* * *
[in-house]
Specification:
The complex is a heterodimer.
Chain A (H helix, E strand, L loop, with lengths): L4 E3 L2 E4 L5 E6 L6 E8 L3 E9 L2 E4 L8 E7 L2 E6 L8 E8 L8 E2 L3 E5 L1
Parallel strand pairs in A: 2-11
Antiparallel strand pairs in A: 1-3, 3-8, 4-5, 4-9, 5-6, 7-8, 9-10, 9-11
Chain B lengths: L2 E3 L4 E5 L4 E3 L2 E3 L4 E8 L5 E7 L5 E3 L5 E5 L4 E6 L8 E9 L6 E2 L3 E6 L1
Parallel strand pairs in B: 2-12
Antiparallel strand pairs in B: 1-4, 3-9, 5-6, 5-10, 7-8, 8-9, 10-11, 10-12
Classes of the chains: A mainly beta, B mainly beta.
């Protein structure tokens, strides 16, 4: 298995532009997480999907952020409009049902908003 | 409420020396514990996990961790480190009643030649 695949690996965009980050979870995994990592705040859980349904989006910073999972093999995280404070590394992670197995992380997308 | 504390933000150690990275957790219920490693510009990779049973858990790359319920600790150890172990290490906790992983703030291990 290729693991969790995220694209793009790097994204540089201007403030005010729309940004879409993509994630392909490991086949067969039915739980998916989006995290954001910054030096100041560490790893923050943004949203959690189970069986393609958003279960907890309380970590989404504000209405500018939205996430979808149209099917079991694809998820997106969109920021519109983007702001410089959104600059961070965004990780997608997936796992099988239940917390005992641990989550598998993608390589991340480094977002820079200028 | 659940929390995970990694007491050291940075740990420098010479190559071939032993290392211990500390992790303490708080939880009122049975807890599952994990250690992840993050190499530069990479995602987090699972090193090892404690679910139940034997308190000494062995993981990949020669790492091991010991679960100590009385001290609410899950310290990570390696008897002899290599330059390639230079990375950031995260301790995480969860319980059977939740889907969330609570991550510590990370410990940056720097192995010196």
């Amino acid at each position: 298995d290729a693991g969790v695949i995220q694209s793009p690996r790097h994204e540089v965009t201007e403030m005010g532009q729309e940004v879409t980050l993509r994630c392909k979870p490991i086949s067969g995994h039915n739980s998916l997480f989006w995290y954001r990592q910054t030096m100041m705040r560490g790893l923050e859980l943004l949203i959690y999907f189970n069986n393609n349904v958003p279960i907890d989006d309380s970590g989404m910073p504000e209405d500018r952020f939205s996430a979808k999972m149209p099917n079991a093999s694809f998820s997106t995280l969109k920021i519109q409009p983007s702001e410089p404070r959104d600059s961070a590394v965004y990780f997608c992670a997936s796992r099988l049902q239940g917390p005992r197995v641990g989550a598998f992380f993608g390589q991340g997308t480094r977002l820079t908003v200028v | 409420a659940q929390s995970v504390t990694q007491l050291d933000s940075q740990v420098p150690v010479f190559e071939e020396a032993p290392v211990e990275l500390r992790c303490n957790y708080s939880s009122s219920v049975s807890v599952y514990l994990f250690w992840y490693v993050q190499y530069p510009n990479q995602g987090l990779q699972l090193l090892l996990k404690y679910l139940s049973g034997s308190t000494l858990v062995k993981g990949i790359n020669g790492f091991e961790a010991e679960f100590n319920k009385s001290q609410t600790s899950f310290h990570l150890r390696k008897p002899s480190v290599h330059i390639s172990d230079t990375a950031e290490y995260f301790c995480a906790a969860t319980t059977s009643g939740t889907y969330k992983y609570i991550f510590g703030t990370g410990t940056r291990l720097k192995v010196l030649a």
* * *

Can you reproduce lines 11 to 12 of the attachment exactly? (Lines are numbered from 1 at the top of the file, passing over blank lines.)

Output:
């Protein structure tokens, strides 16, 4: 298995532009997480999907952020409009049902908003 | 409420020396514990996990961790480190009643030649 695949690996965009980050979870995994990592705040859980349904989006910073999972093999995280404070590394992670197995992380997308 | 504390933000150690990275957790219920490693510009990779049973858990790359319920600790150890172990290490906790992983703030291990 290729693991969790995220694209793009790097994204540089201007403030005010729309940004879409993509994630392909490991086949067969039915739980998916989006995290954001910054030096100041560490790893923050943004949203959690189970069986393609958003279960907890309380970590989404504000209405500018939205996430979808149209099917079991694809998820997106969109920021519109983007702001410089959104600059961070965004990780997608997936796992099988239940917390005992641990989550598998993608390589991340480094977002820079200028 | 659940929390995970990694007491050291940075740990420098010479190559071939032993290392211990500390992790303490708080939880009122049975807890599952994990250690992840993050190499530069990479995602987090699972090193090892404690679910139940034997308190000494062995993981990949020669790492091991010991679960100590009385001290609410899950310290990570390696008897002899290599330059390639230079990375950031995260301790995480969860319980059977939740889907969330609570991550510590990370410990940056720097192995010196």
């Amino acid at each position: 298995d290729a693991g969790v695949i995220q694209s793009p690996r790097h994204e540089v965009t201007e403030m005010g532009q729309e940004v879409t980050l993509r994630c392909k979870p490991i086949s067969g995994h039915n739980s998916l997480f989006w995290y954001r990592q910054t030096m100041m705040r560490g790893l923050e859980l943004l949203i959690y999907f189970n069986n393609n349904v958003p279960i907890d989006d309380s970590g989404m910073p504000e209405d500018r952020f939205s996430a979808k999972m149209p099917n079991a093999s694809f998820s997106t995280l969109k920021i519109q409009p983007s702001e410089p404070r959104d600059s961070a590394v965004y990780f997608c992670a997936s796992r099988l049902q239940g917390p005992r197995v641990g989550a598998f992380f993608g390589q991340g997308t480094r977002l820079t908003v200028v | 409420a659940q929390s995970v504390t990694q007491l050291d933000s940075q740990v420098p150690v010479f190559e071939e020396a032993p290392v211990e990275l500390r992790c303490n957790y708080s939880s009122s219920v049975s807890v599952y514990l994990f250690w992840y490693v993050q190499y530069p510009n990479q995602g987090l990779q699972l090193l090892l996990k404690y679910l139940s049973g034997s308190t000494l858990v062995k993981g990949i790359n020669g790492f091991e961790a010991e679960f100590n319920k009385s001290q609410t600790s899950f310290h990570l150890r390696k008897p002899s480190v290599h330059i390639s172990d230079t990375a950031e290490y995260f301790c995480a906790a969860t319980t059977s009643g939740t889907y969330k992983y609570i991550f510590g703030t990370g410990t940056r291990l720097k192995v010196l030649a």